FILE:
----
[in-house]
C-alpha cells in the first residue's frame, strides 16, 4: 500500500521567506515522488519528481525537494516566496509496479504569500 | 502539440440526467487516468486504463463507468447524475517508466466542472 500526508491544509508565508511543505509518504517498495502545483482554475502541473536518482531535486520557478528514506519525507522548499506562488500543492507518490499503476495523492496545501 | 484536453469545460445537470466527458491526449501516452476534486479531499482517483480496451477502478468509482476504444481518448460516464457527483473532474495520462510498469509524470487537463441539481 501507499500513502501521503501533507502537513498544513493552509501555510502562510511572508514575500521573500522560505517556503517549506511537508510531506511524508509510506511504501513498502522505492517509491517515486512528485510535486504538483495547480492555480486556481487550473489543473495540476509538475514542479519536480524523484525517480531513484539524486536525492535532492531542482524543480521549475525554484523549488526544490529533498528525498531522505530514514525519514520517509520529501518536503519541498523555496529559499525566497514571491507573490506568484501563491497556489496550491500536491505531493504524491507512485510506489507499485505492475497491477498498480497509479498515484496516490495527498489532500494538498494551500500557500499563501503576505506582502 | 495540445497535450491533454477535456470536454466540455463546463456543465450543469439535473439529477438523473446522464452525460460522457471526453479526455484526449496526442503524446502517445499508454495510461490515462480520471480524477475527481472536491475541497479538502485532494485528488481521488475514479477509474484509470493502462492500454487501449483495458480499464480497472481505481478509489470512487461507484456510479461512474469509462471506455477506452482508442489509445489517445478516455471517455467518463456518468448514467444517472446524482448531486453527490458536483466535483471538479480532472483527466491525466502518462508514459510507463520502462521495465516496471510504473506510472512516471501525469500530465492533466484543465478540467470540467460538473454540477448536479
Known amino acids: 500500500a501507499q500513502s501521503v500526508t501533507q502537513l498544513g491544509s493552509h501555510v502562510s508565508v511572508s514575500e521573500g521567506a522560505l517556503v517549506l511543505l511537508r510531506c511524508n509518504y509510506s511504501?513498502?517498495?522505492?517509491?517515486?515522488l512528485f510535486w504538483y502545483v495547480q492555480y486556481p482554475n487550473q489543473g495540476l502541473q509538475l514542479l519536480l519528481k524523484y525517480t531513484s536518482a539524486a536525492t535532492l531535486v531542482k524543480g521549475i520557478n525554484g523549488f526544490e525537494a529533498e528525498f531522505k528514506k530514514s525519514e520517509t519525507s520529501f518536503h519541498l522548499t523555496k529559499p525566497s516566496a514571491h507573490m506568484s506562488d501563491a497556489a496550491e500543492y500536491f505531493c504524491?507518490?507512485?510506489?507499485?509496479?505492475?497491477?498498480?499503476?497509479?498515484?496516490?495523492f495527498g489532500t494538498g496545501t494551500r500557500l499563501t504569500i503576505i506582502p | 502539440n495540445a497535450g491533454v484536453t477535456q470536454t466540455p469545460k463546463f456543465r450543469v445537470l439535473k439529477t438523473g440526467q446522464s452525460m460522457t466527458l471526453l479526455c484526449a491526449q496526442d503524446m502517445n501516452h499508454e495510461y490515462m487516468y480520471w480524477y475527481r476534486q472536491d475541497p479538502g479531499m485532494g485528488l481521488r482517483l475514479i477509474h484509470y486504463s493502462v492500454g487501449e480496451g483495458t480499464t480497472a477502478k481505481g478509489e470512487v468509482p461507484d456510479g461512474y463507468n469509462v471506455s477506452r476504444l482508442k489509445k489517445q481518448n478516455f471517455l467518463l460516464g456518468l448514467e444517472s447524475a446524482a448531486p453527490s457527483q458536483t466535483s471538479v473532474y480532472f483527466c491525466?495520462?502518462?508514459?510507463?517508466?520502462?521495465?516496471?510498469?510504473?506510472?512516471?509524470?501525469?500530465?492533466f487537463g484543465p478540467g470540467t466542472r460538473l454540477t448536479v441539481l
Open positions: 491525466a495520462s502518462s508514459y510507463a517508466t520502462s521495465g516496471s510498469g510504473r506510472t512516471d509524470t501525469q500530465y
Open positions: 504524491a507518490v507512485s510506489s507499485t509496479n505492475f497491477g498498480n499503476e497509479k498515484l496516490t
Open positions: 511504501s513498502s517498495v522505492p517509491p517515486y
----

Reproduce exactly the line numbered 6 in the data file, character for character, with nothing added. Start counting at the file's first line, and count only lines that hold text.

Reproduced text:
Open positions: 511504501s513498502s517498495v522505492p517509491p517515486y